JTF (just the facts): A total of 79 color photographs exhibited around all four walls of three rooms in the print galleries on the second floor, as well as on both sides of a partition in the middle room. These are dye-transfer prints. The show also includes 11 black-and-white photographs displayed on two exterior walls (painted yellow) introducing the exhibition. These are gelatin silver prints. A vitrine in the northern-most room contains the 5 hardcover volumes of Los Alamos, a portfolio of 75 dye-transfer prints published by the Eggleston Artistic Trust in 2002. (Installation shots below.)
Comments/Context: The oeuvres of artists, if they make a significant impact on their field, usually expand in two opposite directions. If critics and curators can surround an initial splash with sufficient acclaim or ignominy, the art world will trace each ripple of new work for years or perhaps decades after, curious to learn if the promise has been fulfilled. Should the artist merit a retrospective during that time or after death, curators will also typically delve into the artist’s past and unearth the less visible early work so that audiences can determine which quirks, tells, obsessions or techniques of the immature artist remained in the familiar one.
William Eggleston is an extreme case of this centrifugal process. Since his debut at MoMA in 1976, when his 35 mm. color photographs were reviewed with near-unanimous scorn, he has continued to shoot at a prodigious rate. Almost every year for the last 40 years, he has exhibited new work somewhere in the world, publishing more than 40 books, monographs and portfolios.
At the same time, the Eggleston Artistic Trust (founded in 1992) has been equally active in excavating and promoting his pre-1976 career. Stranded in Canton, his 1974 black-and-white video, was reedited as a DVD and published by Twin Palms as a book with images in 2008, while his black-and-white photographs from the 1960s were published as Before Color by Steidl in 2010.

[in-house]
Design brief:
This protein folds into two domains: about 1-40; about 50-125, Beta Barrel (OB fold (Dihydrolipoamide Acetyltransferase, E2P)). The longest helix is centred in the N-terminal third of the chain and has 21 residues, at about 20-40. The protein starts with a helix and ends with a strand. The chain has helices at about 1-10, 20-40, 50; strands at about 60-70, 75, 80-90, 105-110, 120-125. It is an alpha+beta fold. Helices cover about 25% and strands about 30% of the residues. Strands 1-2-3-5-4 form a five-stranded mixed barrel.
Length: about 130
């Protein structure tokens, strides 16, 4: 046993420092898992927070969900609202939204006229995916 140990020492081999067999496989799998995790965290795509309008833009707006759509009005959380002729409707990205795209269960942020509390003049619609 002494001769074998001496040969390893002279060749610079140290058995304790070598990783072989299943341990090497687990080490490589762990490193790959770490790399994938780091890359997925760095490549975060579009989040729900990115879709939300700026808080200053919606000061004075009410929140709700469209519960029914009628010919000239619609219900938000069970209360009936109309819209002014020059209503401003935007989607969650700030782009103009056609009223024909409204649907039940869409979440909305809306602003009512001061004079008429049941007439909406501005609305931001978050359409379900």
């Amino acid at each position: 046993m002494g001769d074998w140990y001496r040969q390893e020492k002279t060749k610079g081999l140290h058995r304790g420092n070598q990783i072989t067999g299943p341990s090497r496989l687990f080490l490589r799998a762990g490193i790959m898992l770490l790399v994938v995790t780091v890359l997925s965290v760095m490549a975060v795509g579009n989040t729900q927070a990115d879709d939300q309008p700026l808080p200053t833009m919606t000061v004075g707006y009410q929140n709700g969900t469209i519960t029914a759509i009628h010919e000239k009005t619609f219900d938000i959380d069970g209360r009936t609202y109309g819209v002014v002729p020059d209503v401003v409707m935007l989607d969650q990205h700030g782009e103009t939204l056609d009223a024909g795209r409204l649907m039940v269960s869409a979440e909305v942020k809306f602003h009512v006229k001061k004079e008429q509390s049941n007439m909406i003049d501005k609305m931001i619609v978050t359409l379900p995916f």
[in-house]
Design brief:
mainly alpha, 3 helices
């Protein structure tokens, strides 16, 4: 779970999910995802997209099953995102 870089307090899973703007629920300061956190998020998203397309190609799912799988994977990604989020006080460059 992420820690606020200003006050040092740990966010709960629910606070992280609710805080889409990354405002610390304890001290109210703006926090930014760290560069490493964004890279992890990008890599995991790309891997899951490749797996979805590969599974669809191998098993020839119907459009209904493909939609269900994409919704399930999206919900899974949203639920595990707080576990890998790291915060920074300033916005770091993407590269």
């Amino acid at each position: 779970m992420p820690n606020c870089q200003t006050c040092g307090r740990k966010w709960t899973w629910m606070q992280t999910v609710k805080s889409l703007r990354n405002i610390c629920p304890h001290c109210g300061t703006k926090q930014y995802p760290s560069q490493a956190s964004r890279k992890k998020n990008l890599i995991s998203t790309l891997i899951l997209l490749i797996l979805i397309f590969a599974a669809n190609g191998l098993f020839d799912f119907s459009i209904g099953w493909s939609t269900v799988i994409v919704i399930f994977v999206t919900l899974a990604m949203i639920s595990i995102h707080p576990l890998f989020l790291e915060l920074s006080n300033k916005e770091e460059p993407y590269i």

The Trust has mined his color work from the pre-1976 years even more exhaustively. The MoMA show was printed entirely from transparencies. Although Eggleston shot some 5,000 Kodachromes and Ektachromes in the 1970s, MoMA’s curator John Szarkowski chose only 48 images for the catalog, William Eggleston’s Guide. Not until 2011, when Steidl published Chromes, with its sample of some 1,200 images from this period, was the scope of his borderless, sprawling ambition ascertained. (Out-of-print, these three volumes are now a pricey collector’s item in themselves.)
That’s not all. Between 1965 and 1974, Eggleston also shot roughly 2,200 negatives around Memphis and Mississippi Delta, where he grew up, and on several cross-country road trips with the curator Walter Hopps. The photographer called the results “a novel in progress” and dubbed this ongoing diary/travelogue the “Los Alamos project,” taking the name from the top-secret experimental laboratory in the New Mexico desert that produced the atomic bomb during World War II.
Material from these early years has appeared in at least three different books: in the one-volume Los Alamos, published by Scalo in 2003; in the three-volume Los Alamos Revisited, published by Steidl in 2012; and again in the one-volume catalog Los Alamos, published by Gagosian Gallery in 2012.
The Met’s splendid exhibition presents the 75 dye-transfer prints from the series that were selected for a portfolio printed by the Trust in 2002, in an edition of 7. Six additional dyes in the museum’s collection, and 11 black-and-white prints from the ‘60s and ‘70s, are integrated into the display.
While the curator Jeff Rosenheim doesn’t add anything to the many words written about Eggleston’s development by Thomas Weski, Mark Holborn, and others—the exhibition has no catalog and was prompted by a gift of the portfolio by collector Jade Lau—a walk through the three rooms is nonetheless a reminder of the photographer’s unique ability in those years to uncover dazzling things in the unlikeliest places, and from the basest ingredients.